Inline freezing refers to a process that freezes products as part of the continuous manufacturing assembly line, so that products exit the assembly line frozen.
Inline Freezing Systems
Refrigeration can be mechanically produced (in which case you are buying electrical power and transforming that power into refrigeration). Or refrigeration can be purchased as a pre-cooled substance, such as liquid nitrogen (LN2) or liquid carbon dioxide (LCO2) and maintained in storage tanks. Freezing systems that use either of these refrigerants are generally referred to as being cryogenic* freezing systems.
*The National Institute of Standards and Technology has suggested that the term "cryogenics" be applied to temperatures below -238° F. However, correctly or incorrectly, the term " cryogenic freezing" is widely used in food processing to identify freezing systems using either liquid nitrogen (-320°F) or carbon dioxide (-108°F as a solid).
Several important concepts to get you on the right footing
1. The Freezing Process
Pure water freezes at 0°C. The water in most foods contain dissolved salts and proteins, this causes the freezing point of water to be lowered. The water freezes out as pure ice, thus the concentration increases in the remaining free water-further depressing the freezing point. At about -5°C, one third of the water could still be unfrozen. Even at –30°C, 10% of the water is unfrozen. Thus, some spoilage mechanisms may proceed, but at very much slower rates.
2. Latent Heat-Changing From Water To Ice
Between about 0°C and -5°C, the water is freezing. To change from free water to solid ice, a relatively large amount of energy needs to be removed. This energy is known as the latent heat of freezing. Latent heat is the energy required to cause a change of state, from liquid to solid.
3. Sensible Heat- Changing From Warm Water To Cold Water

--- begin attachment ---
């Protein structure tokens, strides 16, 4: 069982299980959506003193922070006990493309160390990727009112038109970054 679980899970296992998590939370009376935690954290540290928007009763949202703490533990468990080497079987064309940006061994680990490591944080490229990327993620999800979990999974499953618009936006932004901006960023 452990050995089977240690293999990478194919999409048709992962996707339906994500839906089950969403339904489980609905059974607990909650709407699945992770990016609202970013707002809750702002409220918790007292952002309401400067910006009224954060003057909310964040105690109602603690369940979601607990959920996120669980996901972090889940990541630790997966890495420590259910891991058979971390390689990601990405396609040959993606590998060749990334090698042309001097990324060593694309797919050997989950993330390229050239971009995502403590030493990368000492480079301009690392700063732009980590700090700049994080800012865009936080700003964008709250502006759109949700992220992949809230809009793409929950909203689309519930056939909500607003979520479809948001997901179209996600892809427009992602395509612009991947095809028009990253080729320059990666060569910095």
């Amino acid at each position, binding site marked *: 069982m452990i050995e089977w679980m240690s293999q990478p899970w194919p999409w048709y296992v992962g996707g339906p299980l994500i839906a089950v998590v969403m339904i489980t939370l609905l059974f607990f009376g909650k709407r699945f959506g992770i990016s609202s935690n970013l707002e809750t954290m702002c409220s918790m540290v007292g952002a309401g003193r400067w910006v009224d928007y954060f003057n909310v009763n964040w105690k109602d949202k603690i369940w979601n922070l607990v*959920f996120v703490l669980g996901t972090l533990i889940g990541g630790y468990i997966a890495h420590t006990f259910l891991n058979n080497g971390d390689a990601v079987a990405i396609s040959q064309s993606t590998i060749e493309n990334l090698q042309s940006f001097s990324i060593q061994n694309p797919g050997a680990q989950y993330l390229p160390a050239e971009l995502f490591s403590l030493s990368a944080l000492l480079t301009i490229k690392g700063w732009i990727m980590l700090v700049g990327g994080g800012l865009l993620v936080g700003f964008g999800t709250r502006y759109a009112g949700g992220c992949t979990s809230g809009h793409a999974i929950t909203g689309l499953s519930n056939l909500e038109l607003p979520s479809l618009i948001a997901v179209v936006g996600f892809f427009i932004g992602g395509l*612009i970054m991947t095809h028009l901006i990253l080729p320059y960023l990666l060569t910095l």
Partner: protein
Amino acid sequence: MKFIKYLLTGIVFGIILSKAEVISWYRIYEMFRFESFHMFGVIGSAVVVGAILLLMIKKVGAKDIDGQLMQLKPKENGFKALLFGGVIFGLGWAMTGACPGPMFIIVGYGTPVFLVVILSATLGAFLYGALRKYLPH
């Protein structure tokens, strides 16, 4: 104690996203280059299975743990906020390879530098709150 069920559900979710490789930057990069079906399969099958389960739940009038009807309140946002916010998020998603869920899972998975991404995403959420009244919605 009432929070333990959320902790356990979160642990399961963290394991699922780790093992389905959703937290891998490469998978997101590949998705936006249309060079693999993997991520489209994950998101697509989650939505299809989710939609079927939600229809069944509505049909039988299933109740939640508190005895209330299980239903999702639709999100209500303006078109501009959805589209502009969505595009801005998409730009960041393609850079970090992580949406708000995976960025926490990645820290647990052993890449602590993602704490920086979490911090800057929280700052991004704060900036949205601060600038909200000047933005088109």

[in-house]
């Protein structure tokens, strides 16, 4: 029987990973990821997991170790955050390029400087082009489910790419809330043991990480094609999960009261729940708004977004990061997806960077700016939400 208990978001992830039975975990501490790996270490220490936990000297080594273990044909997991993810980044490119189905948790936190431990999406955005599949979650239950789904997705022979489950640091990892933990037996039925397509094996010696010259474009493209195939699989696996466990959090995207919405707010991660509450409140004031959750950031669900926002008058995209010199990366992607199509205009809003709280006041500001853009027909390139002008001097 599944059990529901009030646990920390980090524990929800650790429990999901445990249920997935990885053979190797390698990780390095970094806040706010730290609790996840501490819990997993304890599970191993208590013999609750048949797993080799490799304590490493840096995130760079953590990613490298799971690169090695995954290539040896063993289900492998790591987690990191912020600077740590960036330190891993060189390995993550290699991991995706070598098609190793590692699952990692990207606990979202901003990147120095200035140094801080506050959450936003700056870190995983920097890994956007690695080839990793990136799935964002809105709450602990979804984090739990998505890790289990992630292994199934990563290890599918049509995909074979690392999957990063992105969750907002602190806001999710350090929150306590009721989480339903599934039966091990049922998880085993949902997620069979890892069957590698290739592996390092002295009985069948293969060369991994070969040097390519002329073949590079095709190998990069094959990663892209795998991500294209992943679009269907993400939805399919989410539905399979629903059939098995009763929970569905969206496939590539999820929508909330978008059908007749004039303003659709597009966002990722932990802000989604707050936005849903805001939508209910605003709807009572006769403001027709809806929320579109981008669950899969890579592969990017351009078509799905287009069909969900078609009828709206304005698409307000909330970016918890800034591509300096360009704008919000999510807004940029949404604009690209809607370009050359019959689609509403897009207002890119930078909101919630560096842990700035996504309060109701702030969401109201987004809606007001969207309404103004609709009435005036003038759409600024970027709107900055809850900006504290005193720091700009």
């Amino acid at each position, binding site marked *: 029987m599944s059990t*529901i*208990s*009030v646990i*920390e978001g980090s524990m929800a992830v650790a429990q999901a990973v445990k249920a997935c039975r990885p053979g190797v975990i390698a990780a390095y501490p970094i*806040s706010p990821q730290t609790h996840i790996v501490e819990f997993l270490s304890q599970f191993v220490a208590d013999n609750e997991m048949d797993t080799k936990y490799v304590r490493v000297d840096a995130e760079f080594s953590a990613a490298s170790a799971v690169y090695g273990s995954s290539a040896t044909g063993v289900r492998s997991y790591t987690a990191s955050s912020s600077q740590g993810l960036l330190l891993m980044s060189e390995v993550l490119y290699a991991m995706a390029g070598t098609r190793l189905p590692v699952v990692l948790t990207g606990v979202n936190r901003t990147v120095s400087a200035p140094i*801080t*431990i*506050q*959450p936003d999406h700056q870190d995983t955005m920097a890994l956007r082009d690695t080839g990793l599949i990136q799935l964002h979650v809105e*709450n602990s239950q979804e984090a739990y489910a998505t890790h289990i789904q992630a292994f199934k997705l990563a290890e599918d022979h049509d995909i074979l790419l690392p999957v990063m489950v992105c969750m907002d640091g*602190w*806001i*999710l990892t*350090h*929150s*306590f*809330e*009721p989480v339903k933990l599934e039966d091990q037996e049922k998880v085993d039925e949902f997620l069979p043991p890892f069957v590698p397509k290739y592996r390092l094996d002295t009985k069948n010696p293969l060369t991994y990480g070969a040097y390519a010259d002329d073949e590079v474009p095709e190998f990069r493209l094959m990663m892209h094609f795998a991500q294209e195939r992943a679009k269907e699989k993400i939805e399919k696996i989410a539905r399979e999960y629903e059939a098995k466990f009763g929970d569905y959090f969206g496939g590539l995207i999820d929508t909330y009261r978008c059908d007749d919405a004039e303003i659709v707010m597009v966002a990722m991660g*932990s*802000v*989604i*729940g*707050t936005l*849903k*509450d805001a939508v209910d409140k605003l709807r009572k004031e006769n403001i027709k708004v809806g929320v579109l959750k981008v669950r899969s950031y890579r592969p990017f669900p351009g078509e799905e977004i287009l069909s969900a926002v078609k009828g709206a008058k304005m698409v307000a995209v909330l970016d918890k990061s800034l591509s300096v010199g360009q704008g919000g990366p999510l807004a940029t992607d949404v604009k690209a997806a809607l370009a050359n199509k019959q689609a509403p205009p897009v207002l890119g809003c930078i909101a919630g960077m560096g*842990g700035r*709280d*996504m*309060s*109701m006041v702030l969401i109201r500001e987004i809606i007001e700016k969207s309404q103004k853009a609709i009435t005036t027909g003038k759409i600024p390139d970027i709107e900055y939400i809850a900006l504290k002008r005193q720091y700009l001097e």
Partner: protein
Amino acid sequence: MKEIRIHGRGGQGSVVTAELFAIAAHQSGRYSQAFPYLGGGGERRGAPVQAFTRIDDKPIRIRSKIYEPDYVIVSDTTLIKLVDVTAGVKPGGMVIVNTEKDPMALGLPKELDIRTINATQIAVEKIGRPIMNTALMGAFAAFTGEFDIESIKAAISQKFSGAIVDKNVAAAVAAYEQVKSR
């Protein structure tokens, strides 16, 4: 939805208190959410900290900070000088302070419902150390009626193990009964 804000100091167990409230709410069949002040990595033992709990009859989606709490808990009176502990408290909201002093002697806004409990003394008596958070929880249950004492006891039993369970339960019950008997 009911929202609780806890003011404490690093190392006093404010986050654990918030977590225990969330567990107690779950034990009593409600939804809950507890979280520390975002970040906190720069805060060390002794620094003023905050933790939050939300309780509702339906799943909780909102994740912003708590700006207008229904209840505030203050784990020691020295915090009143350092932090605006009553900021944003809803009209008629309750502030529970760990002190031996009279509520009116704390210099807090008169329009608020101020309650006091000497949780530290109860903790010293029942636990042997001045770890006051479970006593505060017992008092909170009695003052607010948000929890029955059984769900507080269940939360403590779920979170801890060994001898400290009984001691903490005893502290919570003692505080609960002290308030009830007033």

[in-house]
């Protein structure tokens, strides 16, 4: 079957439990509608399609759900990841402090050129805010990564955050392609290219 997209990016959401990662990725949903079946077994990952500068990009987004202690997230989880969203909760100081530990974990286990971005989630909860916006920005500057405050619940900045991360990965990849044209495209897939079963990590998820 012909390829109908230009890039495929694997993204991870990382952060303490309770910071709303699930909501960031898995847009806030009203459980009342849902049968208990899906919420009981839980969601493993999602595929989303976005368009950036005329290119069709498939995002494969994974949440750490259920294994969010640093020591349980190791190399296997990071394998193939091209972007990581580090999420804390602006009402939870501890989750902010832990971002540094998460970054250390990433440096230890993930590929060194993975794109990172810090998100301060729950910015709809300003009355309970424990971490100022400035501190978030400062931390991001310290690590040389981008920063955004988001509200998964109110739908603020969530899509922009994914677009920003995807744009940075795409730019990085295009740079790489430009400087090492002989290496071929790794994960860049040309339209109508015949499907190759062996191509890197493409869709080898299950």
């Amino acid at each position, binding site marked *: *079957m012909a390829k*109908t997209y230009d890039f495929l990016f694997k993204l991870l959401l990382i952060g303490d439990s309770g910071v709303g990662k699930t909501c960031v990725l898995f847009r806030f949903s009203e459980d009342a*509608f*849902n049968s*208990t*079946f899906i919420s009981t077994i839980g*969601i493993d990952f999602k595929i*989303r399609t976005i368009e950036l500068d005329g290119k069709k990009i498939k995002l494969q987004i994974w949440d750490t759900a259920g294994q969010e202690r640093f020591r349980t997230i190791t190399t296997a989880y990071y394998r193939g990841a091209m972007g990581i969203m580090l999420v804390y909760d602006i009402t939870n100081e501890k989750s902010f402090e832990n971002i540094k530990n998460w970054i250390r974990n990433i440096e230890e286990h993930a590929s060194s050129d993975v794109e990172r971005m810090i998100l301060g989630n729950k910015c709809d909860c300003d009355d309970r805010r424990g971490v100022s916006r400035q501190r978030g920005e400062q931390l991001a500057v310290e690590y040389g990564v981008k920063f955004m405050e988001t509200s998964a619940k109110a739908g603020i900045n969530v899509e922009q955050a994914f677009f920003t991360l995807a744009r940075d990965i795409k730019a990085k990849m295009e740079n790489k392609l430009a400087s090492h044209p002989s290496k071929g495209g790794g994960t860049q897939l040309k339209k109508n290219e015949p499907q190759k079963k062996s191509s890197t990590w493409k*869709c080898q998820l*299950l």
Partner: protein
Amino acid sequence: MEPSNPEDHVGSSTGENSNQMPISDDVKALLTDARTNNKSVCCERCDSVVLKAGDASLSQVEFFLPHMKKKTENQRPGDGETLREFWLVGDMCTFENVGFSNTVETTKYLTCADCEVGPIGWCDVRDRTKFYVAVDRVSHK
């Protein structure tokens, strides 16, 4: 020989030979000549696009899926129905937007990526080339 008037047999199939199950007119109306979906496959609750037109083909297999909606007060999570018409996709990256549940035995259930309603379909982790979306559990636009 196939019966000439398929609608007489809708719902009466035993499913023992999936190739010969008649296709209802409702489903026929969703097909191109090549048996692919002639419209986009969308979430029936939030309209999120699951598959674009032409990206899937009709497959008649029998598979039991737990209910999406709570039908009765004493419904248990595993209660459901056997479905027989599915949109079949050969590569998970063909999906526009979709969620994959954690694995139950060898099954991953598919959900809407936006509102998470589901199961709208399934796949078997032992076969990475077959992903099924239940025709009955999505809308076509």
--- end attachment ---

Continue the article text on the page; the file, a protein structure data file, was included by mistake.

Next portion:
Complimentary to latent heat is the concept of sensible heat. Sensible heat is the amount of energy removed to change temperature without a change of state. That is, for example, the amount of heat needed to be removed to lower the temperature of water, but not freeze, sensible heat is removed between 40°C and 0°C.
4. Heat Removal Below Freezing
Below about -5°C, the energy removed is a combination of latent heat and sensible heat. Latent heat is removed to freeze the remaining free water. Sensible heat is removed to lower the temperature of both the free water remaining unfrozen and the ice.
5. Heat Removal At Different Temperatures
When proposing a freezer, a freezer manufacturer should always state the amount of heat, in kJ/kg, the freezer will extract as well as the product outlet temperature and the time taken to reach this temperature. Note that to change temperature from 0°C to -10°C (or tem degrees) requires SEVEN TIMES more heat to be removed than to change from +10°C to 0°C (or ten degrees).
What is Temperature?
Temperature is a convenient method of measuring the amount of heat (or energy). The higher the temperature, the higher the energy content.
Care must be taken when measuring temperature. Use a thin, needle-like probe. Ensure it is inserted into the product.
Measuring the air or water surrounding a sample of food product is not measuring the temperature of the food. Measure more than one sample. Measure each in a few places, for example, just below the surface and in the middle of the thickest part. If the measurements are different, then a different technique, measuring the EQUILIBRATED TEMPERATURE is required.
The equilibrated temperature is measured when all parts of the product sample are at the same temperature. This can be achieved by placing the product sample, for example, a fish fillet, in an insulated container (such as an Esky) for a few minutes. After a few minutes, all parts of the fillet will be the same temperature.